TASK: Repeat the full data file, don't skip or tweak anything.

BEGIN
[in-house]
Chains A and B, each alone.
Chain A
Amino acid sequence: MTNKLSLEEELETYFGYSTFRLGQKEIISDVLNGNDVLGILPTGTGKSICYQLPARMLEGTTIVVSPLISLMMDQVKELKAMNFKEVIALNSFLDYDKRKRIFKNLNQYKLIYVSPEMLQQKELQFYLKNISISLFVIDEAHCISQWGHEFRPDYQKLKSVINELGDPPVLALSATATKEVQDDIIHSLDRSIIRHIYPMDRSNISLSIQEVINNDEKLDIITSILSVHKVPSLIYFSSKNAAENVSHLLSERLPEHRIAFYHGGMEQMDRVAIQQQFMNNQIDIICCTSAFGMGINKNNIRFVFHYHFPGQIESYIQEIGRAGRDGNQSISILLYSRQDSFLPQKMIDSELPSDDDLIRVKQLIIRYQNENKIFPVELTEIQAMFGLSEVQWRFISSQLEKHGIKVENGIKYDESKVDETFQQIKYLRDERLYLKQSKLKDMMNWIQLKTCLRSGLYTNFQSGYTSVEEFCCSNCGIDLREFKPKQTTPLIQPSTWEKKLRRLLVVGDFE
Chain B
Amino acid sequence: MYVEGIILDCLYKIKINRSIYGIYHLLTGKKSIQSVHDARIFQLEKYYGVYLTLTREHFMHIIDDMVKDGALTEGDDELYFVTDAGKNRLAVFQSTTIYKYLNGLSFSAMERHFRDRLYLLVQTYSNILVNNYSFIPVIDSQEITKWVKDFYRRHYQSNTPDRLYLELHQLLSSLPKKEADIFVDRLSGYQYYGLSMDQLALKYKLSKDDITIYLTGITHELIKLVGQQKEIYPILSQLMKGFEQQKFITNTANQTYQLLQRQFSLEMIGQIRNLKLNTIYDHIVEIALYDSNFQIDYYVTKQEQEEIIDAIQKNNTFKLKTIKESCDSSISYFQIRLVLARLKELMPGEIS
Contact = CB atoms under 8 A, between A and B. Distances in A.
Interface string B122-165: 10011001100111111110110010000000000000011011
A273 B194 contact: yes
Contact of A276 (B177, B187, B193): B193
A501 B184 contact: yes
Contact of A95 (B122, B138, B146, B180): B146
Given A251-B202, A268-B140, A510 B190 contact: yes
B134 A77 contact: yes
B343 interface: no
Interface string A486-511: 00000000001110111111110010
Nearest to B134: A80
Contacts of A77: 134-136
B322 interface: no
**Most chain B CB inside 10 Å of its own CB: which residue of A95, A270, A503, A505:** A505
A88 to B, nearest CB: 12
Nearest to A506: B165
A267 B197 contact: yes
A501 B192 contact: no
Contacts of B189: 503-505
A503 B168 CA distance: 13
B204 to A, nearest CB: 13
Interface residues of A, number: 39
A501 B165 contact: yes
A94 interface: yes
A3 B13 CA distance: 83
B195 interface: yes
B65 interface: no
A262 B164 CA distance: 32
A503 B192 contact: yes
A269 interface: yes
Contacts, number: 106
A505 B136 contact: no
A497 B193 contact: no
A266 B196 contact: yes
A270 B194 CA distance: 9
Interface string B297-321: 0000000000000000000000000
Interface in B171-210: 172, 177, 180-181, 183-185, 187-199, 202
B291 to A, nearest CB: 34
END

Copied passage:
[in-house]
Chains A and B, each alone.
Chain A
Amino acid sequence: MTNKLSLEEELETYFGYSTFRLGQKEIISDVLNGNDVLGILPTGTGKSICYQLPARMLEGTTIVVSPLISLMMDQVKELKAMNFKEVIALNSFLDYDKRKRIFKNLNQYKLIYVSPEMLQQKELQFYLKNISISLFVIDEAHCISQWGHEFRPDYQKLKSVINELGDPPVLALSATATKEVQDDIIHSLDRSIIRHIYPMDRSNISLSIQEVINNDEKLDIITSILSVHKVPSLIYFSSKNAAENVSHLLSERLPEHRIAFYHGGMEQMDRVAIQQQFMNNQIDIICCTSAFGMGINKNNIRFVFHYHFPGQIESYIQEIGRAGRDGNQSISILLYSRQDSFLPQKMIDSELPSDDDLIRVKQLIIRYQNENKIFPVELTEIQAMFGLSEVQWRFISSQLEKHGIKVENGIKYDESKVDETFQQIKYLRDERLYLKQSKLKDMMNWIQLKTCLRSGLYTNFQSGYTSVEEFCCSNCGIDLREFKPKQTTPLIQPSTWEKKLRRLLVVGDFE
Chain B
Amino acid sequence: MYVEGIILDCLYKIKINRSIYGIYHLLTGKKSIQSVHDARIFQLEKYYGVYLTLTREHFMHIIDDMVKDGALTEGDDELYFVTDAGKNRLAVFQSTTIYKYLNGLSFSAMERHFRDRLYLLVQTYSNILVNNYSFIPVIDSQEITKWVKDFYRRHYQSNTPDRLYLELHQLLSSLPKKEADIFVDRLSGYQYYGLSMDQLALKYKLSKDDITIYLTGITHELIKLVGQQKEIYPILSQLMKGFEQQKFITNTANQTYQLLQRQFSLEMIGQIRNLKLNTIYDHIVEIALYDSNFQIDYYVTKQEQEEIIDAIQKNNTFKLKTIKESCDSSISYFQIRLVLARLKELMPGEIS
Contact = CB atoms under 8 A, between A and B. Distances in A.
Interface string B122-165: 10011001100111111110110010000000000000011011
A273 B194 contact: yes
Contact of A276 (B177, B187, B193): B193
A501 B184 contact: yes
Contact of A95 (B122, B138, B146, B180): B146
Given A251-B202, A268-B140, A510 B190 contact: yes
B134 A77 contact: yes
B343 interface: no
Interface string A486-511: 00000000001110111111110010
Nearest to B134: A80
Contacts of A77: 134-136
B322 interface: no
**Most chain B CB inside 10 Å of its own CB: which residue of A95, A270, A503, A505:** A505
A88 to B, nearest CB: 12
Nearest to A506: B165
A267 B197 contact: yes
A501 B192 contact: no
Contacts of B189: 503-505
A503 B168 CA distance: 13
B204 to A, nearest CB: 13
Interface residues of A, number: 39
A501 B165 contact: yes
A94 interface: yes
A3 B13 CA distance: 83
B195 interface: yes
B65 interface: no
A262 B164 CA distance: 32
A503 B192 contact: yes
A269 interface: yes
Contacts, number: 106
A505 B136 contact: no
A497 B193 contact: no
A266 B196 contact: yes
A270 B194 CA distance: 9
Interface string B297-321: 0000000000000000000000000
Interface in B171-210: 172, 177, 180-181, 183-185, 187-199, 202
B291 to A, nearest CB: 34